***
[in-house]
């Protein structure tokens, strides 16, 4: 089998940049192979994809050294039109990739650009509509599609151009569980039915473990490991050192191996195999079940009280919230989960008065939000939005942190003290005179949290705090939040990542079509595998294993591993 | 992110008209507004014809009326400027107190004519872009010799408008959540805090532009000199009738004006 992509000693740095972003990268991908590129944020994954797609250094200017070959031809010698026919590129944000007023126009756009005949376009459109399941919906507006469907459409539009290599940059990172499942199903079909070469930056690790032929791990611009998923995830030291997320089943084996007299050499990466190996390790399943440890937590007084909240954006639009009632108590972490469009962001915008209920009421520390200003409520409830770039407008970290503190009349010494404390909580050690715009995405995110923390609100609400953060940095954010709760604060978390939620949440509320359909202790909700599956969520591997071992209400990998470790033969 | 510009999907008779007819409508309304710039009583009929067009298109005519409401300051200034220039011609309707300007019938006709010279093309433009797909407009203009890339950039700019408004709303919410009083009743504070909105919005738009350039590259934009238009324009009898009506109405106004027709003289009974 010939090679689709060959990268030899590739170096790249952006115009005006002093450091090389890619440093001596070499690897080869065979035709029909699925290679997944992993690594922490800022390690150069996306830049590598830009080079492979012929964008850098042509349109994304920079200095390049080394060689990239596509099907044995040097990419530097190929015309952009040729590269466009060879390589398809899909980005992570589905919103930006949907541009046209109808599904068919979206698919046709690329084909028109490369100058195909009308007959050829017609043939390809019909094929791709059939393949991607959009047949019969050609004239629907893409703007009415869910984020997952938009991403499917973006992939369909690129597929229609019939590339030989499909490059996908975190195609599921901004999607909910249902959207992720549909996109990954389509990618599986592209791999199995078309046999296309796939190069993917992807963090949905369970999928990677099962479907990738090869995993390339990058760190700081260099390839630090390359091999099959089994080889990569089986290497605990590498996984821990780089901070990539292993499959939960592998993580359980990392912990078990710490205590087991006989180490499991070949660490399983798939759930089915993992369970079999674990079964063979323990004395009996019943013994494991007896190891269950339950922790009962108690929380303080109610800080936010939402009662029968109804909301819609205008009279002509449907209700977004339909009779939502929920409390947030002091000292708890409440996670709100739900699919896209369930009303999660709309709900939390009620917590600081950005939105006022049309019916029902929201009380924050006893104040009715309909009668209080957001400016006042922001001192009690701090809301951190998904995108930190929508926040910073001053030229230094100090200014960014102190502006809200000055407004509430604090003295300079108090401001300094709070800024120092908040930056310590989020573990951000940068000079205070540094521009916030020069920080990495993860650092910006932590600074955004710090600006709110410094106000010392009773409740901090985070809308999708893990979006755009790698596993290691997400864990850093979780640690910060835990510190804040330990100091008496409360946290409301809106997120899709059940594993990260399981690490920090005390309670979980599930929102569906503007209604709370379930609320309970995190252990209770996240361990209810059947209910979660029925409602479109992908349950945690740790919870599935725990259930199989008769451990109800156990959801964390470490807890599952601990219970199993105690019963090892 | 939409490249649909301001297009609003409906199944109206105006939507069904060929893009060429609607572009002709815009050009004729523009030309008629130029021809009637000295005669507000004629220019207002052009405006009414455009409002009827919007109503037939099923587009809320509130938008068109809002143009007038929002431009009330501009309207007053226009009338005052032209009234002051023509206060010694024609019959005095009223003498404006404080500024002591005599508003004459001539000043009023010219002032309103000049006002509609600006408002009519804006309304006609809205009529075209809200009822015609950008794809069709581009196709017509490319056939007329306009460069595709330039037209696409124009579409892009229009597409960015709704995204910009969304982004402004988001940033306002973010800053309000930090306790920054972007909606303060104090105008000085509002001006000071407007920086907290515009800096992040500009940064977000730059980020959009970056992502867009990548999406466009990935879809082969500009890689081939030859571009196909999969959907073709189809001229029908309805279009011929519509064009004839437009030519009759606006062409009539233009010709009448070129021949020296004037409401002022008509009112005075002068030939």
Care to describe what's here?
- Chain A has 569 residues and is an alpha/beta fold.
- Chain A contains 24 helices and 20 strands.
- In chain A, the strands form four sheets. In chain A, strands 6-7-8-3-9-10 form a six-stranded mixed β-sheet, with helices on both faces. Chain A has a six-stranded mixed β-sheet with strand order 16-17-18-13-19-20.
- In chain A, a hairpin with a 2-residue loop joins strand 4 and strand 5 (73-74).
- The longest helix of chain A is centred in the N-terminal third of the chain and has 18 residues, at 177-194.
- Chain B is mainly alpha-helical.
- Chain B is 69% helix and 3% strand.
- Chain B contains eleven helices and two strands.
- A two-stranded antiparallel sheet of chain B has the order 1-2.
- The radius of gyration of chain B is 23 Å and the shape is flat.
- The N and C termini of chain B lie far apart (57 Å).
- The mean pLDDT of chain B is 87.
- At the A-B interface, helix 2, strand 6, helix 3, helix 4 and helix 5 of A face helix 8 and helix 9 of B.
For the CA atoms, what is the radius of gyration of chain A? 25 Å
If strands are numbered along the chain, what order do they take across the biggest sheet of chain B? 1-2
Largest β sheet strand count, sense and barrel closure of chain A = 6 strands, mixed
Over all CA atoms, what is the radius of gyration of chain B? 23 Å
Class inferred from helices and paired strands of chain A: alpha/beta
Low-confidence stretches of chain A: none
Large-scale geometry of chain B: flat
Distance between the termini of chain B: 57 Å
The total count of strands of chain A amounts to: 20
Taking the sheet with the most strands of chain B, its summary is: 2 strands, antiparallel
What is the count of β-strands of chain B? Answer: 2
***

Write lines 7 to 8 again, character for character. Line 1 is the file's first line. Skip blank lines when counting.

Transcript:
- In chain A, a hairpin with a 2-residue loop joins strand 4 and strand 5 (73-74).
- The longest helix of chain A is centred in the N-terminal third of the chain and has 18 residues, at 177-194.